In the opinion of Raman Mehta, SVP & Chief Information Officer with electro-mechanical manufacturer Johnson Electric, digital resiliency is becoming a CEO-level discussion. “We grew out of automotive,” he says. “We are a tier one or tier two supplier, to automotive OEMs throughout the world. We have 35,000 employees in 23 countries and deal with the whole automotive supply chain, as manufacturing for markets like home automation and robotics.”
He agrees that when it is time to leapfrog the competition, this can only happen at speed with the right digital platform: “The ERP journey takes time, and we had a lot of fragmented systems,” he explains. “We needed to connect these systems and take people out of their comfort zones. Because otherwise you’re looking at a long modernization roadmap. But if I bring in innovative business intelligence solutions, that can really speed things up. Things that used to take weeks now we can do in minutes. We can look at our demand patterns and find out which are the long lead item semiconductors by connecting the ERP system in the cloud. People are getting more empowered, and making decisions based on data. Before they would spend 80% of their time going through spreadsheets, PowerPoints, emails. We want to turn that on its head so you spend less than 20% of your time collecting information, and over 80% analysing it.”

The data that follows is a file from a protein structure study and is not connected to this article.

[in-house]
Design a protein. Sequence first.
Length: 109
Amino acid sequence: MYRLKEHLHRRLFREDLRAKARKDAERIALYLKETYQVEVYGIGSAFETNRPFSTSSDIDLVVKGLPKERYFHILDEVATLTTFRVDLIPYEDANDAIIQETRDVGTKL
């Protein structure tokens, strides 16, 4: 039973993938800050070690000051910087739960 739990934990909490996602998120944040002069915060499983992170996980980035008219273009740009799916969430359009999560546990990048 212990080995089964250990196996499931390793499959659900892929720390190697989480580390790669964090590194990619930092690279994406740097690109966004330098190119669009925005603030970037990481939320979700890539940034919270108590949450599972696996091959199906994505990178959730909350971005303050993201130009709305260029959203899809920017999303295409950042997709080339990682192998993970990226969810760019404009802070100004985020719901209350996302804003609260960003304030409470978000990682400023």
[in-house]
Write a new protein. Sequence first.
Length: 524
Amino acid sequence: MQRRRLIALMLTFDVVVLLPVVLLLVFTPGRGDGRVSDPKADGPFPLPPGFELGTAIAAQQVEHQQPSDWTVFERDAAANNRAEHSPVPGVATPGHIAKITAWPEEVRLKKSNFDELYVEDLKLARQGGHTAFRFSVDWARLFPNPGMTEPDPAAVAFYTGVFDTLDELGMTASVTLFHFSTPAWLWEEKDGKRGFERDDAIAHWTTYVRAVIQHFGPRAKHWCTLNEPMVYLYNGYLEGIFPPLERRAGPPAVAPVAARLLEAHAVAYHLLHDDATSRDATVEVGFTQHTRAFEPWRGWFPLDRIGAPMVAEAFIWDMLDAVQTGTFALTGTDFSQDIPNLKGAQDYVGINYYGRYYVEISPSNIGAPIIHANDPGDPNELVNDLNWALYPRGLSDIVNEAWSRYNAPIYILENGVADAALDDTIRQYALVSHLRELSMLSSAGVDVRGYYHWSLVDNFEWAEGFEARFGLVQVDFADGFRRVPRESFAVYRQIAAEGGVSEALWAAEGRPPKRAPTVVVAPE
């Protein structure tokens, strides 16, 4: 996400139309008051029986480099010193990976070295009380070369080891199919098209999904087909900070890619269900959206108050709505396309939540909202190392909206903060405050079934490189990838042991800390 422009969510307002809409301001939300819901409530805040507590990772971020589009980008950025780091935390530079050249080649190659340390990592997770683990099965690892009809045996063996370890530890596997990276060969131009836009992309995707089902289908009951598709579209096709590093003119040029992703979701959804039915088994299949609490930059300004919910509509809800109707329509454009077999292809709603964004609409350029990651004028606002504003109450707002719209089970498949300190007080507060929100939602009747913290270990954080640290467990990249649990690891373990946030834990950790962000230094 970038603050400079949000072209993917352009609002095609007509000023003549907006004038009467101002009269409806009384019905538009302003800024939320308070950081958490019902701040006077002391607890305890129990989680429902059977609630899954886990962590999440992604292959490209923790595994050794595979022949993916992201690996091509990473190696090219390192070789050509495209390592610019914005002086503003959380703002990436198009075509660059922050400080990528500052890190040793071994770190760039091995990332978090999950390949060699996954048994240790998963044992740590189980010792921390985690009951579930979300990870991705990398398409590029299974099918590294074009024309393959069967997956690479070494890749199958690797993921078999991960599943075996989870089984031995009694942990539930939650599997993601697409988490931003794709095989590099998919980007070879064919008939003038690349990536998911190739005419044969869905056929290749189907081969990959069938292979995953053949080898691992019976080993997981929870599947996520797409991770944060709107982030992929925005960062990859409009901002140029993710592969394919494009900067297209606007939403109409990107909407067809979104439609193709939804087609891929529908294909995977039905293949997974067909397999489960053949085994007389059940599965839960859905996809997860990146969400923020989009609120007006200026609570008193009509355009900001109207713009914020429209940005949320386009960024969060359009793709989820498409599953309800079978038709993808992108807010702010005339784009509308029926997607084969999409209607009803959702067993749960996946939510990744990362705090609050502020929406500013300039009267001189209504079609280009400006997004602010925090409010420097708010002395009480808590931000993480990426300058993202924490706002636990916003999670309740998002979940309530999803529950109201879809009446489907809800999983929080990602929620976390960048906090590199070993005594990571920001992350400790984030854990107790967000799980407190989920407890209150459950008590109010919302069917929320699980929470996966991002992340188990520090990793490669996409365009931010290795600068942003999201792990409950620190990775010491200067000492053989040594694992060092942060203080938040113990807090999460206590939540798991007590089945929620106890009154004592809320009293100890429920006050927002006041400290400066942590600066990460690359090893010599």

Thiagaraja Manikandan is President & Group CIO at Olam International, a $30 billion company active in around 60 countries in the agricultural and food space. He says Olam’s digitization journey started back in 2016: “It wasn’t a pandemic response, because we recognized early that digitalization was the only way to go,” he explains. “Digitalization has the ability not only to transform your internal business operations and business model, it can transcend beyond those boundaries to transform an entire ecosystem.”
Olam has launched several digital platforms, starting with one for assessing a farmer’s land for traceability and sustainability, looking at fertilizers and carbon footprints. Another platform was about providing services for farmers with a poor livelihood. In India alone, there are over six million farmers on that platform. A digital warehousing platform and smart factory initiative followed: “We can visualise factories as a digital twin, as well as view millions of hectares of land with a combination of smartphones, drones, image analytics and IoT devices,” he notes.